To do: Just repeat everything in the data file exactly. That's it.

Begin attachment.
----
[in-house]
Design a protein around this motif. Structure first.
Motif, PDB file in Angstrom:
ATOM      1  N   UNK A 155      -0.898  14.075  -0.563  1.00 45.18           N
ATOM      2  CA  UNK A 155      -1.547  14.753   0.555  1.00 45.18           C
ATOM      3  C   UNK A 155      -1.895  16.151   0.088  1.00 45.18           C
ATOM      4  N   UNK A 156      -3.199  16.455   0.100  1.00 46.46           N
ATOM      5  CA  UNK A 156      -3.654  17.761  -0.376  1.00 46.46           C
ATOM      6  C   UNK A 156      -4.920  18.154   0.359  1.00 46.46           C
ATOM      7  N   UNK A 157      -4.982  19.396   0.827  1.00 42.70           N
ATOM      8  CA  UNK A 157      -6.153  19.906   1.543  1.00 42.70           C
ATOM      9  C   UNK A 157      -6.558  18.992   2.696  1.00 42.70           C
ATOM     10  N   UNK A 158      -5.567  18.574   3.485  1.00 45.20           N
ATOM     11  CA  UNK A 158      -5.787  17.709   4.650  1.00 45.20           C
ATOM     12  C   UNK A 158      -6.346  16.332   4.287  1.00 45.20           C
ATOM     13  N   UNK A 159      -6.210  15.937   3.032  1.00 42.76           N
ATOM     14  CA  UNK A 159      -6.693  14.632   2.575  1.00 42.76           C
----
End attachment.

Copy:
[in-house]
Design a protein around this motif. Structure first.
Motif, PDB file in Angstrom:
ATOM      1  N   UNK A 155      -0.898  14.075  -0.563  1.00 45.18           N
ATOM      2  CA  UNK A 155      -1.547  14.753   0.555  1.00 45.18           C
ATOM      3  C   UNK A 155      -1.895  16.151   0.088  1.00 45.18           C
ATOM      4  N   UNK A 156      -3.199  16.455   0.100  1.00 46.46           N
ATOM      5  CA  UNK A 156      -3.654  17.761  -0.376  1.00 46.46           C
ATOM      6  C   UNK A 156      -4.920  18.154   0.359  1.00 46.46           C
ATOM      7  N   UNK A 157      -4.982  19.396   0.827  1.00 42.70           N
ATOM      8  CA  UNK A 157      -6.153  19.906   1.543  1.00 42.70           C
ATOM      9  C   UNK A 157      -6.558  18.992   2.696  1.00 42.70           C
ATOM     10  N   UNK A 158      -5.567  18.574   3.485  1.00 45.20           N
ATOM     11  CA  UNK A 158      -5.787  17.709   4.650  1.00 45.20           C
ATOM     12  C   UNK A 158      -6.346  16.332   4.287  1.00 45.20           C
ATOM     13  N   UNK A 159      -6.210  15.937   3.032  1.00 42.76           N
ATOM     14  CA  UNK A 159      -6.693  14.632   2.575  1.00 42.76           C